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Europe needs to make bolder efforts to overhaul its system for patent, copyright and trademark enforcement if it wants to build its digital economy, according to a report.
“Europe’s digital economy desperately needs better conditions in which to grow,” 10 specialists in intellectual- property law and the Internet said in a report on how to make Europe’s IP system cheaper and easier to use given to the European Commission this week.
As part of a 2011 strategy to boost the European technology industry’s competitiveness by overhauling its IP system, the EU’s executive agency in July proposed changes to ease licensing rules that have prevented Internet music stores, including Apple Inc. (AAPL)’s iTunes, from selling digital music across the 27-nation bloc.
“There is now a stirring for copyright reform in Europe that can only grow, as a generational shift continues towards those born digital,” Ian Hargreaves, author of a 2011 independent report on IP reform for the U.K. government, said in the foreword to the publication that was handed over to the EU regulator yesterday.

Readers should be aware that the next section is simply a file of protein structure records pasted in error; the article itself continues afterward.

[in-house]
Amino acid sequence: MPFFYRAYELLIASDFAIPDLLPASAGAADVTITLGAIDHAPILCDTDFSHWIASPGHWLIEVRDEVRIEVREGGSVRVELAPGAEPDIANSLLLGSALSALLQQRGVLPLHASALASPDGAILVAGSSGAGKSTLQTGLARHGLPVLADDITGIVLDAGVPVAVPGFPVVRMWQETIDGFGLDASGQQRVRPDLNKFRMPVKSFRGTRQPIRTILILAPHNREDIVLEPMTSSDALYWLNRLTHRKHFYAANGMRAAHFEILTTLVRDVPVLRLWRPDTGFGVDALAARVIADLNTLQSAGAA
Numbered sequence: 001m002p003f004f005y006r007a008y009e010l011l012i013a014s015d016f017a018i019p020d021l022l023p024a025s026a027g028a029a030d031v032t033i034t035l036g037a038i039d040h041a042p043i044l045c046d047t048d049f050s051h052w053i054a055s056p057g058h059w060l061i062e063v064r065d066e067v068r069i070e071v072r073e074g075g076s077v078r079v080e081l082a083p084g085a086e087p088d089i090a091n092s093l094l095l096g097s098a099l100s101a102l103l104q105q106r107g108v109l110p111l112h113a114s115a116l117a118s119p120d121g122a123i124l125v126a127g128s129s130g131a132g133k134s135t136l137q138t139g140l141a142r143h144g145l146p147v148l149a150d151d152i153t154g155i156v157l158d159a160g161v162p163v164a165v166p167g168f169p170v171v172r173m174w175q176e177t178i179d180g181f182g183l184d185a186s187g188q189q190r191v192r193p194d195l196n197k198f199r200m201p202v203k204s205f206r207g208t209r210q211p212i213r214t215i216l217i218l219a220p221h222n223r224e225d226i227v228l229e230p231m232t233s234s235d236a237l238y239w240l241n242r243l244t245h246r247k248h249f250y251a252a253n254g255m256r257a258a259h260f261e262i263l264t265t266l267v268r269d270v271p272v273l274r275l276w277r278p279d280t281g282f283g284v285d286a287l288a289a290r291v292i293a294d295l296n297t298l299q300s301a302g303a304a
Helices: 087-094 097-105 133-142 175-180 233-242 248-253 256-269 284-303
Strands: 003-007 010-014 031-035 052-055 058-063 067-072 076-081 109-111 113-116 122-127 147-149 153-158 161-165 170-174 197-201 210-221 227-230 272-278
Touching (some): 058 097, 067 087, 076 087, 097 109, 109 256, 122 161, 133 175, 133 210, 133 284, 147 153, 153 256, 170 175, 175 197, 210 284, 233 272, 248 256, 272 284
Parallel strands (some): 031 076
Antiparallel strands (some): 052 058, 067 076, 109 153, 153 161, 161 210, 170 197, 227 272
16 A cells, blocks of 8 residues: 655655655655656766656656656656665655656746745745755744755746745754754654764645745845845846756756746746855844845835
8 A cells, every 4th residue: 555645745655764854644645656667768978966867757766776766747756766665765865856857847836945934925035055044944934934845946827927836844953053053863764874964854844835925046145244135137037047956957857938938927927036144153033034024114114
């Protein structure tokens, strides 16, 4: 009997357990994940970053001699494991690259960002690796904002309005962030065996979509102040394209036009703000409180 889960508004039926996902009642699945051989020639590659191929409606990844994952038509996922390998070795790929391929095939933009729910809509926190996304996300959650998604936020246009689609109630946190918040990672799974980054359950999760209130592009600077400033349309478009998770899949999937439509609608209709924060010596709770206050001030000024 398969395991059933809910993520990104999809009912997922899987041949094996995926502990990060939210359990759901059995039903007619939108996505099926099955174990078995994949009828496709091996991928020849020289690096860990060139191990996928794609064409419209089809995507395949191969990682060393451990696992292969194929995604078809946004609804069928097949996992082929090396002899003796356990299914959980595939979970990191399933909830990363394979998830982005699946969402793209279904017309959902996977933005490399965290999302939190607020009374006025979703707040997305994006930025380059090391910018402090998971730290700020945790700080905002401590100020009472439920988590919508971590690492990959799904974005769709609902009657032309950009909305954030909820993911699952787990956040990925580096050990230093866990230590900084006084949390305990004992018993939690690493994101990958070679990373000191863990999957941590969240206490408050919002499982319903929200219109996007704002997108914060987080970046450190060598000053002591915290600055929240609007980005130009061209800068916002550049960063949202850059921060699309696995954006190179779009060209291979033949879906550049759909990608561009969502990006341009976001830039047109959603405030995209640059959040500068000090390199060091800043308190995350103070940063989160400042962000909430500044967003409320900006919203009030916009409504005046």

A campaign to convince the European Parliament to reject the global anti-piracy treaty, known as ACTA, “is indicative of this mood,” said Hargreaves. ACTA was intended to set global rules for cracking down on the pirating of copyrighted materials, including illegal file sharing on the Internet.
With Google Inc. (GOOG), Facebook Inc. (FB) and Apple emerging as “pioneers in Internet research, content curation, device manufacture and user-generated content,” Europe “has struggled with the consequent pace and disruption,” Hargreaves said.
Growing political interest in IP and the benefits the Internet provides should be seized as opportunities to come forward with “bolder and timely proposals for change,” Hargreaves said.
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